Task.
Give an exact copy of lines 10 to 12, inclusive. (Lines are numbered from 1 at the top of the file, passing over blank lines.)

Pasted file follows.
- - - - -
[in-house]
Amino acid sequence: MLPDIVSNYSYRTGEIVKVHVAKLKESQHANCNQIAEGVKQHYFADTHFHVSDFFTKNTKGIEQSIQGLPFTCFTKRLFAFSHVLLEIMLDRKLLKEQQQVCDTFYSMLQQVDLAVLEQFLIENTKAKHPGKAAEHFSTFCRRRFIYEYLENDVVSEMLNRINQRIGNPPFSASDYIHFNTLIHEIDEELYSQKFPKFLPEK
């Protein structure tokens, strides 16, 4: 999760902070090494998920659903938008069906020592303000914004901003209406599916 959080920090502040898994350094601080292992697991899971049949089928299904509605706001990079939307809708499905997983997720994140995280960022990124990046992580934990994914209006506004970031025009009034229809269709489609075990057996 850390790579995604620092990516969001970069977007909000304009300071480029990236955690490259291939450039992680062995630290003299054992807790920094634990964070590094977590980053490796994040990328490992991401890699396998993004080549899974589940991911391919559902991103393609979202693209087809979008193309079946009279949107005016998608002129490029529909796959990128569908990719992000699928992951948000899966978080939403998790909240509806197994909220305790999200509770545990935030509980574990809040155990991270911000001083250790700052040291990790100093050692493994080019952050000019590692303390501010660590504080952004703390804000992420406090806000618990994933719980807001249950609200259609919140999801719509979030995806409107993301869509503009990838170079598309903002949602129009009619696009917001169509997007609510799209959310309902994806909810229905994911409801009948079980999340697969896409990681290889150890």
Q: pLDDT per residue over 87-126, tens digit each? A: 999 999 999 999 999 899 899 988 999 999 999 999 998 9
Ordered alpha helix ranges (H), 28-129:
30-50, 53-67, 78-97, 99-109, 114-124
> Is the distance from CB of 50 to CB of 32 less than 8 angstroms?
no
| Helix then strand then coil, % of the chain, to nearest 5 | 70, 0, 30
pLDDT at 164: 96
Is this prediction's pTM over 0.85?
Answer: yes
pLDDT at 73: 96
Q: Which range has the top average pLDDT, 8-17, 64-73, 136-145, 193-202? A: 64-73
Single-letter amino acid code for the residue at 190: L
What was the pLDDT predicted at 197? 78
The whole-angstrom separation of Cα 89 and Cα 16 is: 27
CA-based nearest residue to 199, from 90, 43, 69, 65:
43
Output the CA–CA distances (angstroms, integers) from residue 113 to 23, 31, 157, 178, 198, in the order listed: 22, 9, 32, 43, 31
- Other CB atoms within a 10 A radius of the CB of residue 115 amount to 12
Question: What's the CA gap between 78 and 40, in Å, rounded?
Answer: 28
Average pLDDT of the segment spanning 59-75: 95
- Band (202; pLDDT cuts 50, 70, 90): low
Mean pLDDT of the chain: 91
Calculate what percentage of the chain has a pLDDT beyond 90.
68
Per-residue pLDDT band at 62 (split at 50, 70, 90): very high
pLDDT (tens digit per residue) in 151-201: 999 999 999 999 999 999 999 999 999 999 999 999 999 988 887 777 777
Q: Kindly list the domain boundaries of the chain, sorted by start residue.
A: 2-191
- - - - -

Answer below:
pLDDT at 164: 96
Is this prediction's pTM over 0.85?
Answer: yes